In 2007 chaos broke out in some offices of the Government of Chile. An ISA outbreak (infectious salmon anaemia) was detected in the fish farms of the Chiloé Archipelago and it began to spread quickly across other facilities in the Chilean coasts. Right away drugs and vaccines from Nordic countries were imported, but they did not work, perhaps because of the different water salinity or because of the difference between salmon species. There was no way of stopping the infection. The salmon industry, a sector that produced more than 800,000 tons of fish every year, brought 5,000 million dollars a year in exports and was the first source of employment in the south of the country, was seriously threatened. Luckily the virus could be controled before the total destruction and the sector began to recover driven by the growing demand around the world. But the crisis lasted for two years, led to the death of almost 80% of Chilean salmons, 2,000 million dollars of lost revenues, a brutal risk of unemployment and a fear into the hearts that the authorities have not yet forgotten.
The Chilean engineer and economist José Miguel Benavente told me this story. He is now the chief of the Competitiveness, Technology and Innovation Division of the Inter-American Development Bank (IDB) in Washington DC and at that time he was a professor at the University of Chile and the vice-president of Chile’s National Innovation Council. And he used it to explain that when the crisis broke out they went to Chilean universities in pursuit of salmon biology specialists but they could not find a single specialized department. «How is it possible? How is it possible that Chilean science is neglecting such an important sector for the country?» José Miguel wondered with rhetoric. Months later he tried to find out how many Chilean researchers the wine industry had, which brings 3,000 million dollars a year in exports, and he discovered that there were only 3 doctors in vine biology nationwide. «What if suddenly there is a problem in the soil, or phylloxera, or who knows what? Or we simply want to improve some aspects of production? Why are there so few capable researchers in this field?»
José Miguel knows the answer: because neither salmon nor grapes awaken the intellectual curiosity of the Chilean scientists and because the Government did not provide incentives nor explicit directions for the scientific community to work on these areas. A failure by both parties and the perfect context for debating on whether scientists should enjoy freedom to investigate whatever they want guided by their curiosity (curiosity-driven research), or if they should have a more pragmatic view and both Government and society should indicate priorities and objectives (mission oriented research).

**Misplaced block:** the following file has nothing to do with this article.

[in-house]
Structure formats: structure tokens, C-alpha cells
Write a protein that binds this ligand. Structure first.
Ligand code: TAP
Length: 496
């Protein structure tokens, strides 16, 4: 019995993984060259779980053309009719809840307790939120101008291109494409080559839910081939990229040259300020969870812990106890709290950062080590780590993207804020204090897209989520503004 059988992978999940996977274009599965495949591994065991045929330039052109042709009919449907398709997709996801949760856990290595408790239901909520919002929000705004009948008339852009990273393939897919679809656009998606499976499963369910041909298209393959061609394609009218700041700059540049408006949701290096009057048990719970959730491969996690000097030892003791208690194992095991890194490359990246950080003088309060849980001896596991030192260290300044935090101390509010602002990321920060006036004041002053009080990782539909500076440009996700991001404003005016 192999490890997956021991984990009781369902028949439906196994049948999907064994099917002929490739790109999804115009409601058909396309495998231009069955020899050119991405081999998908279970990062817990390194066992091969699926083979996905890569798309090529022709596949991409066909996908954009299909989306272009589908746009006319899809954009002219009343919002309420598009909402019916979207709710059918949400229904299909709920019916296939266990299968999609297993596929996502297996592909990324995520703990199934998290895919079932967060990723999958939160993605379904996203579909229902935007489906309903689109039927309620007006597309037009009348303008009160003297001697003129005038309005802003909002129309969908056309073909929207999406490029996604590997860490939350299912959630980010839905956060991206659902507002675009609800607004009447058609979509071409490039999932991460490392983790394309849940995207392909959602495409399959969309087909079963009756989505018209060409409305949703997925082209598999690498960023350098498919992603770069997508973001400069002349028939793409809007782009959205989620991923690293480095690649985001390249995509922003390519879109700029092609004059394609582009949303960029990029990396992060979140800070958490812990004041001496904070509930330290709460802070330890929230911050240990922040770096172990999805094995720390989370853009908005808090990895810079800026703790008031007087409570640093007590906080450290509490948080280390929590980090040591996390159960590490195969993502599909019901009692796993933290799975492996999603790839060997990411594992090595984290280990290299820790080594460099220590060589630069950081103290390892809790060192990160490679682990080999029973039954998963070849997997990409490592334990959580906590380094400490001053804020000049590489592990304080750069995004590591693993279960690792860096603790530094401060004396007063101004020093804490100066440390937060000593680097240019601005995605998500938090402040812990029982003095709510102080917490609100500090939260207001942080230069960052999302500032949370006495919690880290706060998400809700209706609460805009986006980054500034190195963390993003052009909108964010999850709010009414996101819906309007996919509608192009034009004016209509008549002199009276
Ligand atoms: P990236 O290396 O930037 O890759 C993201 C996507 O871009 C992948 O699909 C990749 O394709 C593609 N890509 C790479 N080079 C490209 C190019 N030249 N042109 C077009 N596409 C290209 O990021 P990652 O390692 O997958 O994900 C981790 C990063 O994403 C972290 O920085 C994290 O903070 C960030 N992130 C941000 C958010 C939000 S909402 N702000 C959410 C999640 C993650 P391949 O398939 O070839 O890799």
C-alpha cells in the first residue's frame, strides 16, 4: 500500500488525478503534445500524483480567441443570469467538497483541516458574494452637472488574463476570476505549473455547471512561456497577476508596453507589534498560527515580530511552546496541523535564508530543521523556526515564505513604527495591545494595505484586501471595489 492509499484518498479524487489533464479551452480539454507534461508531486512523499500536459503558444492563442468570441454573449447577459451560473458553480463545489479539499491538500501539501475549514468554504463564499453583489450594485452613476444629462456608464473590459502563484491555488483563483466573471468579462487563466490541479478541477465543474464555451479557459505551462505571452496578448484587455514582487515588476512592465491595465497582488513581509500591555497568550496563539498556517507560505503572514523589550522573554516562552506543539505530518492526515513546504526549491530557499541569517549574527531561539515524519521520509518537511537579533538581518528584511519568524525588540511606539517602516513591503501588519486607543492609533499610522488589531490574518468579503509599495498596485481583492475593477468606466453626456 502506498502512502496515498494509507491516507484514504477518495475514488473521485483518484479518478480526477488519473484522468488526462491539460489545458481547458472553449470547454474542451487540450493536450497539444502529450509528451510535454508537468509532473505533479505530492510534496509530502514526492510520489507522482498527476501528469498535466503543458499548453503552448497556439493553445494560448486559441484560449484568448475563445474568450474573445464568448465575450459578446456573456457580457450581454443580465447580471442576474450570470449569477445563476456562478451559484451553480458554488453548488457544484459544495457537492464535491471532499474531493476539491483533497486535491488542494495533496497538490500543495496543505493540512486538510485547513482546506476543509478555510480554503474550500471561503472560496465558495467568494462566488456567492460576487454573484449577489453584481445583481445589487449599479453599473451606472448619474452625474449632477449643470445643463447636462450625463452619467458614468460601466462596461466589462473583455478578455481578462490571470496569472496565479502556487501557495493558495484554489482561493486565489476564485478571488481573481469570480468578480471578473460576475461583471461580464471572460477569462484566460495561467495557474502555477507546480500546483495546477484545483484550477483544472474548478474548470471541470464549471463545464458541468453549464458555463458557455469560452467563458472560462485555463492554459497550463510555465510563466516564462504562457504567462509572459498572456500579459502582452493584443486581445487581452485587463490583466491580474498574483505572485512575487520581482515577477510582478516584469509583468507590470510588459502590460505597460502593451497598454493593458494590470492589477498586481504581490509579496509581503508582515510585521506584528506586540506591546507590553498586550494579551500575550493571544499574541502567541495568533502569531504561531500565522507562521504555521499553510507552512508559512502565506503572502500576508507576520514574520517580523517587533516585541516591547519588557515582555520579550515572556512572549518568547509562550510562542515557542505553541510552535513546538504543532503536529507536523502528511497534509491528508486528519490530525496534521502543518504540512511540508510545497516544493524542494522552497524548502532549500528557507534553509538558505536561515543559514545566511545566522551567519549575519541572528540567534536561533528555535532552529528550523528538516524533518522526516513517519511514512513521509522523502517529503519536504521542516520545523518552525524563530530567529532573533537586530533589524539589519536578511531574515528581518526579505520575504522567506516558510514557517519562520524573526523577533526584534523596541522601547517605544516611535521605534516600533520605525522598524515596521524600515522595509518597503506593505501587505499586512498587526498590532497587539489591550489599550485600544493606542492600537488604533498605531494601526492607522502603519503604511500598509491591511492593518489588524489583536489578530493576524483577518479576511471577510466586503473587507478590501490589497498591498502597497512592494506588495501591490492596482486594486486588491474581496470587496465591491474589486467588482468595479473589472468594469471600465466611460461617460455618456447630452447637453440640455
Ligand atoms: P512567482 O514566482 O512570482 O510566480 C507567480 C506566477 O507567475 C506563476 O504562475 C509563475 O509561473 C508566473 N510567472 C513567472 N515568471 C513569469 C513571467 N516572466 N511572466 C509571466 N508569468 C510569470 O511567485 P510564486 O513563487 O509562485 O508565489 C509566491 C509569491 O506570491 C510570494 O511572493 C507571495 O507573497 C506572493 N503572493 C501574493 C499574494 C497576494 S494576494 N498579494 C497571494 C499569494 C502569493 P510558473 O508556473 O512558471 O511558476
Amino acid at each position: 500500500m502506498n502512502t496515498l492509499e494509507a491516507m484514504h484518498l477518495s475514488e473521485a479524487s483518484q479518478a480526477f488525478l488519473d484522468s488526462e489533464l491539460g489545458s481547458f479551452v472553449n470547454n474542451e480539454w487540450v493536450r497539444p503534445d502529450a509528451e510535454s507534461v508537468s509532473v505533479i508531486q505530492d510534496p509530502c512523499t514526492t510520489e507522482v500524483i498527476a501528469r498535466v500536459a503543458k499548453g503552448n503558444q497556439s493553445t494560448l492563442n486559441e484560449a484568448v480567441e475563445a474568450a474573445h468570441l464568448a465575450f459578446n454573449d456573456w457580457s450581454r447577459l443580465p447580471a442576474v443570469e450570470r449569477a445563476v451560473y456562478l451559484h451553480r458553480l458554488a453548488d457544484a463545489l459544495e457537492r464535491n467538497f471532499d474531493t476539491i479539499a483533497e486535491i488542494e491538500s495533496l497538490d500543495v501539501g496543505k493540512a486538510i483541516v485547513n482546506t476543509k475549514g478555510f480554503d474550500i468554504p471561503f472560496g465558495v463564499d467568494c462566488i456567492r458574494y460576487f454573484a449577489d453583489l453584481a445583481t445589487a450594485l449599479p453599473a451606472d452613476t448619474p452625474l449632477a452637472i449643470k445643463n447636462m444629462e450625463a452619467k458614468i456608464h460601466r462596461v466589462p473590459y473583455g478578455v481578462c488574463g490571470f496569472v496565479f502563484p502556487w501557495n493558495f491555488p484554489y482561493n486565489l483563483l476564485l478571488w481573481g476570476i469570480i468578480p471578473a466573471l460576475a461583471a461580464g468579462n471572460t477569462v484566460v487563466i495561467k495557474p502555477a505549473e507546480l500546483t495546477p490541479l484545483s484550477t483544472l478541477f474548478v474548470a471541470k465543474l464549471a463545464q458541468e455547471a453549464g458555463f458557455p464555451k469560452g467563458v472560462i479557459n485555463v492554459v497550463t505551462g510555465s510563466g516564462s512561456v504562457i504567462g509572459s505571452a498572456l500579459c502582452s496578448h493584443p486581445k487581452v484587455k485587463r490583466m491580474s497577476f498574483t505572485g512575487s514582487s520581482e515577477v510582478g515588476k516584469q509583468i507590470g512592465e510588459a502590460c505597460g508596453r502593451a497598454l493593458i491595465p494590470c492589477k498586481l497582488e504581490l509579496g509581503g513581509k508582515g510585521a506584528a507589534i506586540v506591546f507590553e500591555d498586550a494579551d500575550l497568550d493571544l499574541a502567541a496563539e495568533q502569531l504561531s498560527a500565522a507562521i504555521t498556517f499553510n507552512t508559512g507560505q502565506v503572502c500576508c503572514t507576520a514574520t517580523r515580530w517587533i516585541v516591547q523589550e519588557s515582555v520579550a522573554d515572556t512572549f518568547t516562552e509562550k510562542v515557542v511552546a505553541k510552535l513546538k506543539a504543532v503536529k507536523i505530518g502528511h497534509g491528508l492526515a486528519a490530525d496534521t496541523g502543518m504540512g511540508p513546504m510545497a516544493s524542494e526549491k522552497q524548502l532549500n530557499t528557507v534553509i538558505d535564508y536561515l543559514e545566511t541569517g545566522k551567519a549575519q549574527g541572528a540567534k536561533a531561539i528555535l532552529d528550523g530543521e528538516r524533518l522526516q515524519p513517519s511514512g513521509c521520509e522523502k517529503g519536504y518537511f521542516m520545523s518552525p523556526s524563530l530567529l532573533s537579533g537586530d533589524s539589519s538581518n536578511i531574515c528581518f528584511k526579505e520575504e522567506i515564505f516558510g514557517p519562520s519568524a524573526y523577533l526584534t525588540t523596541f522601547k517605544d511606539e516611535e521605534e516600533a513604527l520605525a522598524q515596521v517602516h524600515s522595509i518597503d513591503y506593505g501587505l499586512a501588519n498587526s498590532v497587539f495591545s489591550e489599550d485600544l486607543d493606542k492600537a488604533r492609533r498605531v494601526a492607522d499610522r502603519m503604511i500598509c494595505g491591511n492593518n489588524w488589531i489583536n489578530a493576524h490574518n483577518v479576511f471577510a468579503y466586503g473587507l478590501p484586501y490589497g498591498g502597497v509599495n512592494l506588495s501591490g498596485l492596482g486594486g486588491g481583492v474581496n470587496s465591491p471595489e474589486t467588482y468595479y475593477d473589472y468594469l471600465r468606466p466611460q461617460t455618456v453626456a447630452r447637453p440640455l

«Scientists usually defend that free exploration of the unknown always brings unexpected progress that ends up improving our culture, welfare, and economy, too»
Scientists usually defend that free exploration of the unknown always brings unexpected progress that ends up improving our culture, welfare, and economy, too. And they are absolutely right. But this does not happen magically, and whoever applies the knowledge needs to be different from the one who generates it. José Miguel Benavente himself is very proud of Chilean astronomical observatories and the good level of publications related to basic biology in his country, but as a person in charge of science policies in an institution such as the IDB, his mission is to push science to have the maximum impact in the development of Latin American countries. The data, in addition, shows that science creates more wealth the closer to the productive sectors of the country it is and, since Latin American science follows a very academic tradition, he thinks that Governments, besides defending quality basic science conscientiously, must have the capacity to take most of the talent and encourage researchers to also study salmons, agriculture or procedures to improve copper extraction.
«When science communicators talk about science to society, we seem to be looking for people and politicians to bear in mind what researchers have to tell them»
Of course everything is about balance, and by no means the intellectual instinct of top researchers has to be sacrificed. Long live curiosity as the science engine. But let us not forget that Spain, for example, ranks tenth in global scientific production (talking about publications) but holds a mediocre eighteenth place at European level in innovation. Certainly, this does not seem very balanced. It is true that the situation is improving with an industry that begins to approach to science and young researchers with a more enterprising culture, but there is still a long way to go. When science communicators talk about science to society, we seem to be looking for people and politicians to bear in mind what researchers have to tell them. It is great, but it would not be bad either to try the reverse direction and bring society closer to science, demanding attention from the scientific community to the priorities of some people and leaders, which may sometimes go unnoticed.